I’ve been called a lot of things in my life, but I’ve never been called “Satan,” at least not to my face.
It seems to me the worst name you could call a person, and today we hear it straight from the lips of Jesus. It’s just one of the many small reminders strewn throughout Scripture that Jesus preaches meekness, but he is not mild — not when mildness serves no purpose, anyway.
And here, when Peter is trying to deter Jesus from making the right choice, mildness serves no purpose at all.
Can we blame Peter? I certainly can’t. I’m sure I would have said the same thing to my own dear friend. He is, in today’s Gospel, wholly unwilling to embrace the cross — he’s afraid of it, even — but aren’t we all, in the end, afraid of our cross? I am. It’s no sin, it’s only human. Fear is natural. Self-preservation is a reflex.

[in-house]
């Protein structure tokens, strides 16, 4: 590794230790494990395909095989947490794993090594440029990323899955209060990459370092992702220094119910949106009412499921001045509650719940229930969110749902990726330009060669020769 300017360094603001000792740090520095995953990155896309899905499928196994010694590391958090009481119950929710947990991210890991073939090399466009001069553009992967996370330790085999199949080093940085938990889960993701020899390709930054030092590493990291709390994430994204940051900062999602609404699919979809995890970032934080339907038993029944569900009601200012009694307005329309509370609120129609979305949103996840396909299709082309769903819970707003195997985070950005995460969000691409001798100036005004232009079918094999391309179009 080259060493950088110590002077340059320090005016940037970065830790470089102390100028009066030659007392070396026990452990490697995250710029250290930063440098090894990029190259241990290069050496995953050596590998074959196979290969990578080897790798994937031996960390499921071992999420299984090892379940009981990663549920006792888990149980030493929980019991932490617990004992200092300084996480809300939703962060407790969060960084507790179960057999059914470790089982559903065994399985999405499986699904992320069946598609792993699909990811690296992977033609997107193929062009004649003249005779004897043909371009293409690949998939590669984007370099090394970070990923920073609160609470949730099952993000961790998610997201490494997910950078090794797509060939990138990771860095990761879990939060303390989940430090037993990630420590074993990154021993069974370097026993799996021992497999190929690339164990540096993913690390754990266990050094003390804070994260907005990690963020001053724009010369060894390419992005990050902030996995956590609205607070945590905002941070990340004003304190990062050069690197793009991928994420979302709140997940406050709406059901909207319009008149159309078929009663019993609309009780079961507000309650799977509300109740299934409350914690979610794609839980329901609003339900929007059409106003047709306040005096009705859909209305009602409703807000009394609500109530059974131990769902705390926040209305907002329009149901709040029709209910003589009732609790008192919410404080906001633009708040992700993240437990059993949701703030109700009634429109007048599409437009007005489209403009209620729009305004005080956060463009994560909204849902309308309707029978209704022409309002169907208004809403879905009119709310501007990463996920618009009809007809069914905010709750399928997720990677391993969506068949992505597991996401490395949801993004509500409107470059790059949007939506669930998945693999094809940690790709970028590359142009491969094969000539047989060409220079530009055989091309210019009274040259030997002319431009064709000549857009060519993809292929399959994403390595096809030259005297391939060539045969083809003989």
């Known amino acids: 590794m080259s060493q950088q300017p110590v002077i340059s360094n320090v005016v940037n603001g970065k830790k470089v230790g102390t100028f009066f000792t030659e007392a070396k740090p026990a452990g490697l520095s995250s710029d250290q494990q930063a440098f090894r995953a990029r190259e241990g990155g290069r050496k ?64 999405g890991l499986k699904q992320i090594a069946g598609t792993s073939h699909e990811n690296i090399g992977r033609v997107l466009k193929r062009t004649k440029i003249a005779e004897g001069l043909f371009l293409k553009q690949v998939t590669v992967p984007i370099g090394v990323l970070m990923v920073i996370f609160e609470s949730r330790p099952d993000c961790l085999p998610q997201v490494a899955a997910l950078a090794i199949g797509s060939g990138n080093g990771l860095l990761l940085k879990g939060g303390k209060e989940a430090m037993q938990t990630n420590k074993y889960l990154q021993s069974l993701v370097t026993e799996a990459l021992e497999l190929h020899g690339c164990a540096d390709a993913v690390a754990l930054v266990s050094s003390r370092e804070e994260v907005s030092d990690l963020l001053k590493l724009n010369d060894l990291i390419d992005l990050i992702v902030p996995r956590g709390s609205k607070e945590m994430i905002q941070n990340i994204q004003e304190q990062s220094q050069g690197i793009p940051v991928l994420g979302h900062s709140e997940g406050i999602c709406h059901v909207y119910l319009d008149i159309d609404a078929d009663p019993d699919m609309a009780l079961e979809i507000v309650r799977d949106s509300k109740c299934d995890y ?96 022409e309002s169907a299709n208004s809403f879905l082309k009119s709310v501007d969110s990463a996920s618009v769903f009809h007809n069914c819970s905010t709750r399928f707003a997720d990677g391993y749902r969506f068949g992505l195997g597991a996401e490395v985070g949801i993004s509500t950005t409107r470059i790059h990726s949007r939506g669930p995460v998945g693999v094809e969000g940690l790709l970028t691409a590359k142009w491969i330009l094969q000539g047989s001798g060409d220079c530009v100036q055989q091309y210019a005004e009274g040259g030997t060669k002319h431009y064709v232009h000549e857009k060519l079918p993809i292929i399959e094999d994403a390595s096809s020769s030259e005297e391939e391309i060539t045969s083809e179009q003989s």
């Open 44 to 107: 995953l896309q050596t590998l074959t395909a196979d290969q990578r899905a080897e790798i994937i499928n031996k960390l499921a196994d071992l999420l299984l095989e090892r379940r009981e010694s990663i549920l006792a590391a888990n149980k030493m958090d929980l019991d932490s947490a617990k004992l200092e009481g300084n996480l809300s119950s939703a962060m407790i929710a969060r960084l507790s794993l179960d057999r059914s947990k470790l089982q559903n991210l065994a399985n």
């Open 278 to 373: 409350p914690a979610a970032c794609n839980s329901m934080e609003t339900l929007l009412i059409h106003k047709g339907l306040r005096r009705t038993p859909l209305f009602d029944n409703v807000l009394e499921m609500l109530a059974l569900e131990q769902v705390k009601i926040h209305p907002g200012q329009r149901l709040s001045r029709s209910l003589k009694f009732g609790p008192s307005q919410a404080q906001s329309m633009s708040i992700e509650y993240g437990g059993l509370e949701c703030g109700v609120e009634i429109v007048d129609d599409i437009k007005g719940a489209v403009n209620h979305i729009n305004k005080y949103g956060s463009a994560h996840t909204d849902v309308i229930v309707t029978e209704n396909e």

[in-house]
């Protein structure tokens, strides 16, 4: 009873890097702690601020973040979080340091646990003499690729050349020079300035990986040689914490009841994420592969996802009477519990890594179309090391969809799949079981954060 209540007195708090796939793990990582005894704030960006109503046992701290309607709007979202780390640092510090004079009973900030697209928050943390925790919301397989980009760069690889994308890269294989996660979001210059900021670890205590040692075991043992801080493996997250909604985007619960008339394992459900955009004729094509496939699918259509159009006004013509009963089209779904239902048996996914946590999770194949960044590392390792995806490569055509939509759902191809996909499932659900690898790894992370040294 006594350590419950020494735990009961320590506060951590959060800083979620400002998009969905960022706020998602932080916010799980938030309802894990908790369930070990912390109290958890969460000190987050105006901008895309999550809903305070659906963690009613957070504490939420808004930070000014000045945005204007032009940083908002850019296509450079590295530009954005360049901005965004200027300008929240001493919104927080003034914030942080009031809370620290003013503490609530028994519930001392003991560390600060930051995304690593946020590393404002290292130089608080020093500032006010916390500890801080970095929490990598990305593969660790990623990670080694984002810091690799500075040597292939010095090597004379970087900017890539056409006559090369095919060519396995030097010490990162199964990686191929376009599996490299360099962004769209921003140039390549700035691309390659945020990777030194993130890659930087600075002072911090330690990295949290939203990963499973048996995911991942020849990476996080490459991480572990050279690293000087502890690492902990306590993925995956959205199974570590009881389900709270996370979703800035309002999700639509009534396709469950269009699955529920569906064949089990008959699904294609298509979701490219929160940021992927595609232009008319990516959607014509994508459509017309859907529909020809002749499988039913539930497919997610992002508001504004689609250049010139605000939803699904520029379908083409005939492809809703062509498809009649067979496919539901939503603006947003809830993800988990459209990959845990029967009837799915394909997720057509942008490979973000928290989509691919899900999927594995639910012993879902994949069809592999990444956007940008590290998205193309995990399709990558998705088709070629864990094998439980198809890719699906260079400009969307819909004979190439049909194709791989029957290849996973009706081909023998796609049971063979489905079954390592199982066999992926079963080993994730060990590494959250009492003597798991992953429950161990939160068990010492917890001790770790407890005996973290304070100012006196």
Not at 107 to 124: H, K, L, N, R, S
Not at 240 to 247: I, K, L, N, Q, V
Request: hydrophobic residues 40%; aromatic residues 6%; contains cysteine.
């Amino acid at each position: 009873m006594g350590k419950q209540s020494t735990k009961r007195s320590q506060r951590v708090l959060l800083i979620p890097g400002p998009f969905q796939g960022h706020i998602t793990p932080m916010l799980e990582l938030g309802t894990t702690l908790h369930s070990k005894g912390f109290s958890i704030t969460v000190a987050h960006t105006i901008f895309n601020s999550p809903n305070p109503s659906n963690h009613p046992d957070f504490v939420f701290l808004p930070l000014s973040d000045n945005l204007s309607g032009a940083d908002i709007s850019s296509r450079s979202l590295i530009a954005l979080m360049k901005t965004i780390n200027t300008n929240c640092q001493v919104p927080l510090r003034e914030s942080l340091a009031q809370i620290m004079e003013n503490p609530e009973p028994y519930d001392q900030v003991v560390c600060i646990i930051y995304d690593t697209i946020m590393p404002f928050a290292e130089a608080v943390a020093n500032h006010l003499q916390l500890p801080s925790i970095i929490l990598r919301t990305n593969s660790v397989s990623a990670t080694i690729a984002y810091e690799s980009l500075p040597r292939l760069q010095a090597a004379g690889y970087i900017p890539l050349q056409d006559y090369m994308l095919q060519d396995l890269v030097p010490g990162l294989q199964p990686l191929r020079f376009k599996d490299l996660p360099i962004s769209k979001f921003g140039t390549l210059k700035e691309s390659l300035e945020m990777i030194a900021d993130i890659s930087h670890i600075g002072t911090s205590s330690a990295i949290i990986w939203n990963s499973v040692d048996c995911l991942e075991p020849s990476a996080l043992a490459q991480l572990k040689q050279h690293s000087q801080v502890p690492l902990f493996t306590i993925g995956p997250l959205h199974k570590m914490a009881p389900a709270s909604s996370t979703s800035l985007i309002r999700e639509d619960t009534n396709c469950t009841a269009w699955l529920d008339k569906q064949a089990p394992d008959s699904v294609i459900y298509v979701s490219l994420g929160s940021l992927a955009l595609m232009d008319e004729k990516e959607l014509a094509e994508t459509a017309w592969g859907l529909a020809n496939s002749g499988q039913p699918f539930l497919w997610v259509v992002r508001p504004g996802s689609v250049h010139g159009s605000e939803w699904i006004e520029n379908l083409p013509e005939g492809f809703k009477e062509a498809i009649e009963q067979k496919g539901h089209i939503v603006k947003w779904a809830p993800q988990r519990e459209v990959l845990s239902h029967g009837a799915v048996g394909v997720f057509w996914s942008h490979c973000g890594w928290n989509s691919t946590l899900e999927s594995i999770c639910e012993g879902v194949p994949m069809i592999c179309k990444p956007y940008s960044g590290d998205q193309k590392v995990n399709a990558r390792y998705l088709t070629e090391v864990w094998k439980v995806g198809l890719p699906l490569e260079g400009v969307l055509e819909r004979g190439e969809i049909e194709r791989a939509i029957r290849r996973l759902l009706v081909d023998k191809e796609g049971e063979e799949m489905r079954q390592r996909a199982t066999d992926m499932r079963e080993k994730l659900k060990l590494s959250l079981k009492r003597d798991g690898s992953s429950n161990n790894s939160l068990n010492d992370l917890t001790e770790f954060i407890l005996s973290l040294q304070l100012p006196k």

What Christ speaks of today is a choice, one we are all faced with, again and again, just as Peter is. We will not always respond perfectly; Peter does not respond well today. He does not respond well on Holy Thursday.
But on his last day, on the day of the ultimate choice? On that day, he chooses the cross.
We marvel at first responders who put themselves in harm’s way for the sake of others, because to do so is not human, it is divine. I have to believe that if even a firefighter’s loved one threw themselves in his way, he would still charge toward the flames, crying, “Get behind me.”
Christ runs into the burning building for us, shaking off not only his own fear (and he had it, I promise you — he was human, too) but the fear of everyone who loved him.BACK TO LIST